B95 has flown to the moon and is well on his metaphorical return to Earth. At nearly 20 years old, the robin-sized red knot every year flies 20,000 miles round-trip from Tierra del Fuego to its breeding grounds in the Canadian Arctic, and back. Since 1985, the year B95 was first banded, the red knot population has declined by 80 percent.
In 2008, Rare partnered with Manomet Center for Conservation Sciences and multiple local partners in Argentinian Patagonia to help protect the wintering habitat of these incredible long-distance aviators. Through Rare’s signature Pride campaign, Rare Conservation Fellow Germán Montero deployed marketing tactics, including stickers, theater productions and a red knot mascot, to give the community a positive message about the shorebirds. Montero outlined a clear plan to reduce garbage and pollution, which, unsurprisingly, threatens shorebird habitat. His plan gave residents meaningful, manageable paths of action. According to Charles Duncan, director of the shorebird recovery project at Manomet, Montero catalyzed an intellectual and emotional connection to shorebirds within the local community. “We’ve been infected by Rare’s mechanism,” says Duncan. “I would love to partner with Rare at other shorebird sites in the way Rare has profoundly focused on fisheries.”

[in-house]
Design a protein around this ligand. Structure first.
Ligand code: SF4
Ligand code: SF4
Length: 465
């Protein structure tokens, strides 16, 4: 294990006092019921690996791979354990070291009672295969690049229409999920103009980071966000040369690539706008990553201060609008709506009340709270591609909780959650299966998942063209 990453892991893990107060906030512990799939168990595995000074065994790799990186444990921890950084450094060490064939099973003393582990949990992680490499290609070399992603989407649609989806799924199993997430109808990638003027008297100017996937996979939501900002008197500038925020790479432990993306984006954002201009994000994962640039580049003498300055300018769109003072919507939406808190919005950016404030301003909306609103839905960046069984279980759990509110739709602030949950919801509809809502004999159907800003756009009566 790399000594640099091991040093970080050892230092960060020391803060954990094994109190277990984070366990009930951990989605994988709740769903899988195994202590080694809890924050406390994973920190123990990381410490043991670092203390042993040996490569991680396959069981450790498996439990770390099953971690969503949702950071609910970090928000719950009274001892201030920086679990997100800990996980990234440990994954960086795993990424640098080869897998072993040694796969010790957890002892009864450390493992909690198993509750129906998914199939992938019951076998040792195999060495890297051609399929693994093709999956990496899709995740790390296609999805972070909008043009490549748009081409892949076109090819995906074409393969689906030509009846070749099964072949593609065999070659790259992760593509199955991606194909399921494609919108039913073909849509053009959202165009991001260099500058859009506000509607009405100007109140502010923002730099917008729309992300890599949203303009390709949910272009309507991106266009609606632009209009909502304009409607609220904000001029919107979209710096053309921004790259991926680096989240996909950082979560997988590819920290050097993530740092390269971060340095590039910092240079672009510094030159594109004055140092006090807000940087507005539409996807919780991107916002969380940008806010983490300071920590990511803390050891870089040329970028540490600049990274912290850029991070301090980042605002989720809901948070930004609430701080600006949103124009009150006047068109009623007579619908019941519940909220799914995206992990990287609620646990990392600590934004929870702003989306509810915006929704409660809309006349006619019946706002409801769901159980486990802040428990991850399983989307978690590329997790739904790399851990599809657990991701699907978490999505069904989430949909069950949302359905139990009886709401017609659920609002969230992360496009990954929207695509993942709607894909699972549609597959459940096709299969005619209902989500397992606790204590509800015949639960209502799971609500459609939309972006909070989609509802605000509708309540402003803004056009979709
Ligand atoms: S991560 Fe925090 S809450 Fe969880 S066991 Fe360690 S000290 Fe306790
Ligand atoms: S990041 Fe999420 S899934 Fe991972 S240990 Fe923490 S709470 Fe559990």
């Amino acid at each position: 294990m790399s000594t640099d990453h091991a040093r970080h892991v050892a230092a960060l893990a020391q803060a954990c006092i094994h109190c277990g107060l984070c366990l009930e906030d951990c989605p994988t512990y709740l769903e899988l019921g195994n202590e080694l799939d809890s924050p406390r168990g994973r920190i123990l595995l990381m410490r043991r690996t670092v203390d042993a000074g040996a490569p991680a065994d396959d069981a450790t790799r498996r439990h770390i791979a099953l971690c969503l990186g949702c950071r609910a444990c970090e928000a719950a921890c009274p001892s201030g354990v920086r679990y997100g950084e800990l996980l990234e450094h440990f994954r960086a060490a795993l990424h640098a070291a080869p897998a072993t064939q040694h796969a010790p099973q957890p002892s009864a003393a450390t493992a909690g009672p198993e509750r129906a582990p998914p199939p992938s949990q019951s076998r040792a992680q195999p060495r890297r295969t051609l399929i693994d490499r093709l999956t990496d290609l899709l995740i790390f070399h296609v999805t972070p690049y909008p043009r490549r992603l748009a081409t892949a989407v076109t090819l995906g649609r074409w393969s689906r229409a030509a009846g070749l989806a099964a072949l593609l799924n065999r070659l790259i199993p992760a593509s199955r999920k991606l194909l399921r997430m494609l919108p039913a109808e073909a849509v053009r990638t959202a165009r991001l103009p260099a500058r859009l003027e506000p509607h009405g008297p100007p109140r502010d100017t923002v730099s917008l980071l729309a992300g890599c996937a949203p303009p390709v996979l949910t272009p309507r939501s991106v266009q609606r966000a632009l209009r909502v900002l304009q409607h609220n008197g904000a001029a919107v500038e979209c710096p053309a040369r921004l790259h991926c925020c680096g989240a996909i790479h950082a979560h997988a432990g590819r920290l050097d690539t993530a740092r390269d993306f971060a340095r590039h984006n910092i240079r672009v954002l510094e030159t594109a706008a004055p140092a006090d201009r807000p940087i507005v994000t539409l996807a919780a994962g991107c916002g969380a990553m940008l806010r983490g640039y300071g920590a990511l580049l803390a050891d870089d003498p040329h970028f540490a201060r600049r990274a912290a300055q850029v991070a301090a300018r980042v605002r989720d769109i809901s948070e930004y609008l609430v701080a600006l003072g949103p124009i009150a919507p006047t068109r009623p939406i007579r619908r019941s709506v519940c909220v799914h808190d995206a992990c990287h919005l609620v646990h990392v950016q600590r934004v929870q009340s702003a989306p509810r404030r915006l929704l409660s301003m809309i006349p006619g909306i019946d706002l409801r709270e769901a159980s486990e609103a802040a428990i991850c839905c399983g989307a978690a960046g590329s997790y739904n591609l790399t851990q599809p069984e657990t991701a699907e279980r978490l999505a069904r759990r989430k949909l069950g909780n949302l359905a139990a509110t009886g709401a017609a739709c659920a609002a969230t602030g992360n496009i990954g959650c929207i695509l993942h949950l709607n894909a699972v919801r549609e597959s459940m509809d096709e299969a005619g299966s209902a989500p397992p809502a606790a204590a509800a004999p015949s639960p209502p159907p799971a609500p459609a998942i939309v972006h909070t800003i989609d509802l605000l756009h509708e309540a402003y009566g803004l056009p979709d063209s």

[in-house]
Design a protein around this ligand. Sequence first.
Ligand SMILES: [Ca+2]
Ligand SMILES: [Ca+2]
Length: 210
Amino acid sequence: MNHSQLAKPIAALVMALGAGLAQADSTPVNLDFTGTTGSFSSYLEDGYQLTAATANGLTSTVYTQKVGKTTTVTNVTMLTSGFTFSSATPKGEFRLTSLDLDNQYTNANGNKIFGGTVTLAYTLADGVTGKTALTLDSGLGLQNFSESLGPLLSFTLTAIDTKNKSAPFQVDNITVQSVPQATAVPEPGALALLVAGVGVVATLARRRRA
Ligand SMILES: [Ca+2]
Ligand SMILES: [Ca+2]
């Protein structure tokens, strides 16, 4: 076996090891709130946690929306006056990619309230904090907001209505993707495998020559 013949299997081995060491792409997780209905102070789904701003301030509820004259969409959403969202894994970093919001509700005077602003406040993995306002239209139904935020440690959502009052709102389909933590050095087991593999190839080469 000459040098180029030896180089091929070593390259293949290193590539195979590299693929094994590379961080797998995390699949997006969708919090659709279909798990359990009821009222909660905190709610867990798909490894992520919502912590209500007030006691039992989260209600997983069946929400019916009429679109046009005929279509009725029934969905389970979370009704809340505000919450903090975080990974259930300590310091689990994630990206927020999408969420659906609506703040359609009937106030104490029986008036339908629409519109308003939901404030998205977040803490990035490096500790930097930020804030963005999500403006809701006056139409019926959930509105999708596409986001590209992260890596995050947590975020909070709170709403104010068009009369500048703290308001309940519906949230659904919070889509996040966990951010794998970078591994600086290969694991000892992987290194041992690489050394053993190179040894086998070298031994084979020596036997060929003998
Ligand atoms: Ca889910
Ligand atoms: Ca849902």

Duncan recalls a conversation he had with Paul Butler, Rare’s senior vice president of global programs: Paul said, “Training a fellow to do just one campaign is like training a brain surgeon to do one operation.”
In August 2012, Montero — with the support of Rare, Manomet, The David and Lucile Packard Foundation and local partners — visited the island of Chiloe off the Chilean coast to mentor a community organizer to run a Pride campaign. (Montero, no stranger to replication, has already run a second campaign in his home of Rio Gallegos, Argentina.) In Chiloe the objectives will be the same: reduce coastal trash to protect migrating shorebirds like the whimbrel and Hudsonian godwit. “My vision for the future is the same as when I started my work with the red knot,” says Montero. “I want to get people to recognize and appreciate the nature where they live; value it more and reach harmony between man and nature.”
Montero is not the only alumnus proliferating the Pride process. Rare Conservation Fellow Luis López completed his Pride campaign in early 2012 in Ecuador to protect critical watershed habitat and species. López now mentors municipal employees to run campaigns in three different areas, all in Ecuador: the Amazon River basin, a coastal community and a dry highland area. “We have tried to choose sites that are really diverse,” says López. “It will give us experience to replicate in even more sites. These three campaigns will be a model upon which we will learn.”
The abbreviated training will cover marketing components found in traditional Pride campaigns — such as the mascot, song, slogan, etc. — to mobilize community support. The program will also establish innovative reciprocal agreements between upstream and downstream villages to maintain water production and quality. “I have a lot of hope,” says López. “I have more confidence, since I already ran a campaign. I know the path.”